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Tracking the College Basketball Stars of the Future

ECU & C-USA Hoops Recruiting Report
Thursday, April 22, 2004

By Thad Mumau
Special Correspondent

Late-calling suitors Hart-broken


Jonathan Hart is not a household name when it comes to big-time college hoops recruiting, and his name is not found among anybodyís top 100 prospects. It isnít even found in Prepstar.comís list of the top 400 high school seniors.

But the 6-7 swingman is considered one of the 15 best players in New Jersey, which is saying something because high school basketball in that state is very good. For whatever reason, though, this high-wire artist has not been overlooked just by recruiting publications; college coaches have also paid him little attention.

East Carolina, however, went after Hart hard, and assistant Greg Herenda did what it took to make him the Piratesí first addition of the spring signing period.

"Jonathan thought he would fit in well at East Carolina," said Stan Kokie, Hartís coach at Roselle (NJ) Abraham Clark High School. "Southern Cal and Penn State were very interested, and both were waiting to see if they wanted to offer him a scholarship.

"After our spring break, Penn State and Southern Cal coaches called and tried to get a visit. But it was too late."

Hart has signed, becoming the third member of the Piratesí 2004 class. Charles Bronson, a 6-10 center from Philadelphia (PA) Lutheran Christian Academy, and 6-8 Mike Castro, a power forward from Cumberland (MD) Allegany Community College, signed with ECU in November.

Hart averaged 25.2 points, 14 rebounds, an eye-popping 6.5 assists and 3.1 blocked shots per game, while shooting over 50 percent from the floor. He hit an outstanding 45 percent of his three-point attempts and 87 percent of his free throws. He was selected first-team all-state, group II.

His best game came against North Plainfield when he threw in a season-high 39 points, grabbed 18 rebounds and handed out 11 assists. He nailed five three-pointers in that game.

Abraham Clark went 13-11 this past season after losing nine seniors from a 25-4 team that won a state championship. The 2002 team also won the state title, going 26-4. A three-year starter, Hart scored 15.4 points a contest as a junior and just over 11 his sophomore season.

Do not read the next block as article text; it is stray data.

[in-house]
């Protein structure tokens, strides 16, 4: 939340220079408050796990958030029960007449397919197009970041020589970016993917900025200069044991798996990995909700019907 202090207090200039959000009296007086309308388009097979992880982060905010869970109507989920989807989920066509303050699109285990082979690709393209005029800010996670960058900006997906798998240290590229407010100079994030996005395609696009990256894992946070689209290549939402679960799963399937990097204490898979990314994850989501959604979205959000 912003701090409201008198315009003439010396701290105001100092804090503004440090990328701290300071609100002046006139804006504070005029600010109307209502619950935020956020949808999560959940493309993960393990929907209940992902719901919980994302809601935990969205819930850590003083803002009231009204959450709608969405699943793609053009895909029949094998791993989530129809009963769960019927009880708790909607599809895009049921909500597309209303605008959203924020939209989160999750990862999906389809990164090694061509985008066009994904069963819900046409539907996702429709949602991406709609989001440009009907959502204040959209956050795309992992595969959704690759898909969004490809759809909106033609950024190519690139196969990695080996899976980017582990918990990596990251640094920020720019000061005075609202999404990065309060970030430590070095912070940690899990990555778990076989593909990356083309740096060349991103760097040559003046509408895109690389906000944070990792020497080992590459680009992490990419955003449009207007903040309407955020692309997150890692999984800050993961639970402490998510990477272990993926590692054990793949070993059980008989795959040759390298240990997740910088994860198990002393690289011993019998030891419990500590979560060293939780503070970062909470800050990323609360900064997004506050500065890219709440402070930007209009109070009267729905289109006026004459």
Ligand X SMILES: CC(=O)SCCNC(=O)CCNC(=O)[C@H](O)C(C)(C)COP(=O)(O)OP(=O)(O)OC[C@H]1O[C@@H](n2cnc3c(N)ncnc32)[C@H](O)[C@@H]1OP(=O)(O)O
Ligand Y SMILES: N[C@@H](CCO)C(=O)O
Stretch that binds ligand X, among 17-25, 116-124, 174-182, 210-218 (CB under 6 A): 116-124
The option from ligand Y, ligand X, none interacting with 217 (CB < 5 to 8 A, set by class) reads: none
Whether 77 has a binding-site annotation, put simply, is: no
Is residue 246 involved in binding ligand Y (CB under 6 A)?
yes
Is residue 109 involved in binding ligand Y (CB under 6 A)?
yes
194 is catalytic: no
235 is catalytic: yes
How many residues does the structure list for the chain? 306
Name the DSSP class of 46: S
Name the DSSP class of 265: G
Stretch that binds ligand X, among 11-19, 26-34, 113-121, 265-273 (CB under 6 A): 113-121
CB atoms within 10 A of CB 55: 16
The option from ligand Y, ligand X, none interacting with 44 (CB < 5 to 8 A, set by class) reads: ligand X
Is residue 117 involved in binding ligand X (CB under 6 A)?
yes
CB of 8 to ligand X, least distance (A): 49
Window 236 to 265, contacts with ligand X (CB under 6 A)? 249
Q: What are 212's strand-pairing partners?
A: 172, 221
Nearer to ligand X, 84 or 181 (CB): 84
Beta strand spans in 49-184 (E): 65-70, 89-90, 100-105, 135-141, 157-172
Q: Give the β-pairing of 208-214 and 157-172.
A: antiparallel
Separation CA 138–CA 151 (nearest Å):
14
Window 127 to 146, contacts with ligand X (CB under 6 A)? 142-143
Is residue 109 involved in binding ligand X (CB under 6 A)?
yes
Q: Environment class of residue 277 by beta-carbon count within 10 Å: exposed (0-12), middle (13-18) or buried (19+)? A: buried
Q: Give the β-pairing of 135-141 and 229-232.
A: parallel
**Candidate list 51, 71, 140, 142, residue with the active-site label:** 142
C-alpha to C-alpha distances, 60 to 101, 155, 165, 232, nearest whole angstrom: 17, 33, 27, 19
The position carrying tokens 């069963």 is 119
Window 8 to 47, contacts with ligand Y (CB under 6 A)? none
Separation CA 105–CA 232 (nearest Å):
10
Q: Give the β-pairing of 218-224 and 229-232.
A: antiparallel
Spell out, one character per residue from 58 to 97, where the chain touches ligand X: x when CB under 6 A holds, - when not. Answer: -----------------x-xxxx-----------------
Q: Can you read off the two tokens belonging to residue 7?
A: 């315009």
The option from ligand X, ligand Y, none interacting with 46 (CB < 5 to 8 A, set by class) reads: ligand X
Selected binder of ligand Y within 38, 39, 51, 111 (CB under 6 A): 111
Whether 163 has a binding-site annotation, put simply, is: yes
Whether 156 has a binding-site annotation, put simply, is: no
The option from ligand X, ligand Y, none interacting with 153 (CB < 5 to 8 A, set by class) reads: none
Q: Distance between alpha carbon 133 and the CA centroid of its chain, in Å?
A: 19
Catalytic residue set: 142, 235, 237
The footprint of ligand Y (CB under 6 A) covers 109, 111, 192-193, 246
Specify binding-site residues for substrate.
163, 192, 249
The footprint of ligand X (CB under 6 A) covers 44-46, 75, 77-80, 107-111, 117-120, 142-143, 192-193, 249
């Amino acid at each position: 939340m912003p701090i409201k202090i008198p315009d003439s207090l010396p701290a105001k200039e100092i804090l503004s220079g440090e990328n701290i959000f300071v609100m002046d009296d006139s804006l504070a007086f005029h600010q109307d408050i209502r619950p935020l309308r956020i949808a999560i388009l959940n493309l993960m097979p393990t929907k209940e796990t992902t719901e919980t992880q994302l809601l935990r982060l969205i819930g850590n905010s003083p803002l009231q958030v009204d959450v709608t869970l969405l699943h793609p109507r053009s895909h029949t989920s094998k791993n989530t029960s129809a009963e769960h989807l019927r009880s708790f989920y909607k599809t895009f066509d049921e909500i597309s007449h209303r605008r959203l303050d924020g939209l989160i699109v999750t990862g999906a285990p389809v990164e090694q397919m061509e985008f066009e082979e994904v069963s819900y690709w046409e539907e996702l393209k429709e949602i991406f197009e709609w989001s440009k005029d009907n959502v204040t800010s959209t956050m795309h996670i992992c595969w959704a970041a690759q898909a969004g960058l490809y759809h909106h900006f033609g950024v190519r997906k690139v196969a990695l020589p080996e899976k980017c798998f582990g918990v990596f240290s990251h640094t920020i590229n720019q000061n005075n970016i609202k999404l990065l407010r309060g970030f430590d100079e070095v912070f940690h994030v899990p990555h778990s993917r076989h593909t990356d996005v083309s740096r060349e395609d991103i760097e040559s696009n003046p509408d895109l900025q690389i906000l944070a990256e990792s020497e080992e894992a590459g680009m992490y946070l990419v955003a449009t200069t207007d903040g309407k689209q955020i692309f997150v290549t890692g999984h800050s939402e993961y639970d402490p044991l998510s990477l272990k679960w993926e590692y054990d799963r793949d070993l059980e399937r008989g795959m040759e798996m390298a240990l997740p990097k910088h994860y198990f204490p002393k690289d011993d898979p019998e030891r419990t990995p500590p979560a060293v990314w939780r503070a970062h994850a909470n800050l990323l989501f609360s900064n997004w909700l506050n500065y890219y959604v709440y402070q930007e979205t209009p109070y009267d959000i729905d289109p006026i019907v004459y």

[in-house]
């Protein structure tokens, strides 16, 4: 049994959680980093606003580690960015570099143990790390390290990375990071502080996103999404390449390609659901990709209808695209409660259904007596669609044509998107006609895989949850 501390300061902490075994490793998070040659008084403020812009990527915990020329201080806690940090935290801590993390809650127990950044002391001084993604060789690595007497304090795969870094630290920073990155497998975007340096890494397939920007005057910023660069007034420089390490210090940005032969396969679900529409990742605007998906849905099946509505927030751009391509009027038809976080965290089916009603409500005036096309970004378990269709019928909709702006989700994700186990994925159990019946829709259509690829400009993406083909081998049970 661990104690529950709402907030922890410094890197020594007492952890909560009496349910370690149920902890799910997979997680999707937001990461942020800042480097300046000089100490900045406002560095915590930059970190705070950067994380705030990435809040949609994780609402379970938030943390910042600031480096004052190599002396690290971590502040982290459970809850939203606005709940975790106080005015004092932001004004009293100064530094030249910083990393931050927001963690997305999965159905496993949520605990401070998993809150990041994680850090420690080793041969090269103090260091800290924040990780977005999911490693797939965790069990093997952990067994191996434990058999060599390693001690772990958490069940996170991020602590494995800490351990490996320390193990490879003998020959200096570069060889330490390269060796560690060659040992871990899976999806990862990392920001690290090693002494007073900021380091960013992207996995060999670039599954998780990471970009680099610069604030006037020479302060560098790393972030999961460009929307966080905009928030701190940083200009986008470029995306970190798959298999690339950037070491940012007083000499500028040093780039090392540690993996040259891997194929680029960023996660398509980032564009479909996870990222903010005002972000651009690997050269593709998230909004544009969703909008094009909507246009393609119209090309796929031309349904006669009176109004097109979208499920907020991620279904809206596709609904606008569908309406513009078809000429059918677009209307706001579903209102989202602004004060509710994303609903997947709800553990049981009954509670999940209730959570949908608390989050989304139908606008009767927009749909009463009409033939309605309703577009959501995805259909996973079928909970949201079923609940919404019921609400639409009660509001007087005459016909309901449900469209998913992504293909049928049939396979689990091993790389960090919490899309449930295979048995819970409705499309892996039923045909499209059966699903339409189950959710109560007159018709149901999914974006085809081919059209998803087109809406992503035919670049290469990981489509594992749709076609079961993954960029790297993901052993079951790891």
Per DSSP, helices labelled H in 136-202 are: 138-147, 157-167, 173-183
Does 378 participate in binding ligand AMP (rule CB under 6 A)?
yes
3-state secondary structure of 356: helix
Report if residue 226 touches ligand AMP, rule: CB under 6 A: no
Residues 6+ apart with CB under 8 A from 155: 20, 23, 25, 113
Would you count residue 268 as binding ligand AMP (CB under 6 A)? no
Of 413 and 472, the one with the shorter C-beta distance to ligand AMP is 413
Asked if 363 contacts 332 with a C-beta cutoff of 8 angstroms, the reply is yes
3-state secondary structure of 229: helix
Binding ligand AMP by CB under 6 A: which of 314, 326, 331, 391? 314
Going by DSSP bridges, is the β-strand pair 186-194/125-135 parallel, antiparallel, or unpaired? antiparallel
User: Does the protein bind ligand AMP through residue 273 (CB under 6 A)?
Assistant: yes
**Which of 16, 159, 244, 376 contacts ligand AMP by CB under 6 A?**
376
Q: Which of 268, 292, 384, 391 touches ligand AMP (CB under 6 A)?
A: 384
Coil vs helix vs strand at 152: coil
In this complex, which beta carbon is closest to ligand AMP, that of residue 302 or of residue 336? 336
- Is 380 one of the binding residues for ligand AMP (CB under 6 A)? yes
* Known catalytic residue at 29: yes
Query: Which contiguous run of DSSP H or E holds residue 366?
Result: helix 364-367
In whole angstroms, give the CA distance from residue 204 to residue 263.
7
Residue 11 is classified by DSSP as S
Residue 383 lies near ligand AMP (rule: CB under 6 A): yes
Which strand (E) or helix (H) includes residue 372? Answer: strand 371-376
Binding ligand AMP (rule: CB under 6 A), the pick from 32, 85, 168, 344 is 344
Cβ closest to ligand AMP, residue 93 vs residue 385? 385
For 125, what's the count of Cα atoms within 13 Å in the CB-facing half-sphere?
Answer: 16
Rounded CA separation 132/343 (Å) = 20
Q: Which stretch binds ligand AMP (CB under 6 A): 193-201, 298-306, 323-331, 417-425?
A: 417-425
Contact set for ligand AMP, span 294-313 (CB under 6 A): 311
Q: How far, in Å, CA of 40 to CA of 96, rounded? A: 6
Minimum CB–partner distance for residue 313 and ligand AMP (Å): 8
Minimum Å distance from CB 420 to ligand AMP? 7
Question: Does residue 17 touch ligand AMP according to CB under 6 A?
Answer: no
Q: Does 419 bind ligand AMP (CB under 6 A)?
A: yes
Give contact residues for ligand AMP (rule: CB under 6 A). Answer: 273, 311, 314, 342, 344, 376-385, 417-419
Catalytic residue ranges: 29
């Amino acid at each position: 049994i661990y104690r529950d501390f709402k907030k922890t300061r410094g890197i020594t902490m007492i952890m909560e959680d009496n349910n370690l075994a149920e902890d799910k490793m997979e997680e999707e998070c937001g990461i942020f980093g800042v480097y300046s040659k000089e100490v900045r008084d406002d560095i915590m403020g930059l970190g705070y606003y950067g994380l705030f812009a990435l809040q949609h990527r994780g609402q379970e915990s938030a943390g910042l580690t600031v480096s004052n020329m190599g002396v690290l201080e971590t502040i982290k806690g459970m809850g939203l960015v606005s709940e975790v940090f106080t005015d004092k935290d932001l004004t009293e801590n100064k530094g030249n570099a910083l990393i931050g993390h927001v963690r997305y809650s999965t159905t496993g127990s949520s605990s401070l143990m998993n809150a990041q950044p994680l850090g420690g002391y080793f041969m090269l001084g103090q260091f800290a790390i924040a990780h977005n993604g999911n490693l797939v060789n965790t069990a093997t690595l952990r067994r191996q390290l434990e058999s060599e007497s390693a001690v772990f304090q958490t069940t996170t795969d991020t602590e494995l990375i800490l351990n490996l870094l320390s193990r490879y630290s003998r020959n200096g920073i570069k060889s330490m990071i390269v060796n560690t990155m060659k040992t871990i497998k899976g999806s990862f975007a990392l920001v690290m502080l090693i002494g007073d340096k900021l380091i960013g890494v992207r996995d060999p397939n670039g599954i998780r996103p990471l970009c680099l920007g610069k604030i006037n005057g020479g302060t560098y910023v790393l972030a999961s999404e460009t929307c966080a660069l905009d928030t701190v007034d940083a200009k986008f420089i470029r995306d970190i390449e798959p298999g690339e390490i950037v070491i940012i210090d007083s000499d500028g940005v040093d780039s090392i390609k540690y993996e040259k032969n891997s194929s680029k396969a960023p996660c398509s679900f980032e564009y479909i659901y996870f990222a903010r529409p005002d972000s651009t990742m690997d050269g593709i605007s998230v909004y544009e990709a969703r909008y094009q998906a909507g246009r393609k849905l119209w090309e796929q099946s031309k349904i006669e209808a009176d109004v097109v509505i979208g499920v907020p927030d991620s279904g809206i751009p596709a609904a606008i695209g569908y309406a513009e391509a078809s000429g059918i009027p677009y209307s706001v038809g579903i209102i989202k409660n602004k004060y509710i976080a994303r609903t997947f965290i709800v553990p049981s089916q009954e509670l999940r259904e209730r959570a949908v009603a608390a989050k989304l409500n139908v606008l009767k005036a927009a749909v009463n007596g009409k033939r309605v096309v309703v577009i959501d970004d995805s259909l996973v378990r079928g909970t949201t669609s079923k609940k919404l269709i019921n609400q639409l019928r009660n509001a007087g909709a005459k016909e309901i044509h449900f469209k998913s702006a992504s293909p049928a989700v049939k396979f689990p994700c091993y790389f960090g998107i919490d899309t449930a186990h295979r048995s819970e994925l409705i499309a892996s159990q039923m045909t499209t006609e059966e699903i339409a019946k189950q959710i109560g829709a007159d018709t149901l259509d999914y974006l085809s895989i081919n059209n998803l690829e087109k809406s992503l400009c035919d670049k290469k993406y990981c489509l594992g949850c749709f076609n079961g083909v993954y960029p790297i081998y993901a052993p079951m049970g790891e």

"Jonathan is a great, great athlete," Kokie said, "and is one of the 15 best players in New Jersey. He is a phenomenal leaper, is extremely quick and is a very good outside shooter.

"That makes for a match-up nightmare for opponents. Big defenders canít stay with him; he goes over smaller, quicker guys. If you play off him, he buries the three. If you come up on him, he blows past you. He has a great first step.

"He penetrates and gets to the lane where heíll stop and hit soft jumpers, and he uses the glass very well. If he can go all the way to the basket, he can really finish. He has made some spectacular dunks. He dunks it with two hands, one hand ... any way you want it. His vertical is unbelievable.

"Jonathan handles the ball well and passes it very well," Kokie said. "We played him mainly at the two spot, but he played some point guard for us, too.

"We try to play kids where they will likely play in college. So he has mostly played on the perimeter for us on offense. He has been inside a lot on defense. I see him as a two guard and small forward in college."

Hart is one of only seven players in Abraham Clarkís 66-year history to score at least 1,000 career points. He ended with 1,138.

"He is a fine young man," Kokie said. "Jonathan is very coachable and is a 3.0 student. He has qualified (for freshman eligibility). He played football and ran track as a freshman.

"He likes the coaching staff at East Carolina. Coach Herenda did a great job of recruiting him. He is very personable, and he was real honest with Jonathan."

In another note, Cedric Jackson signed with St. Johnís. The high-scoring 6-2 1/2 guard from North Burlington High in New Jersey nearly signed with East Carolina in the fall.

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02/23/2007 02:41:46 PM

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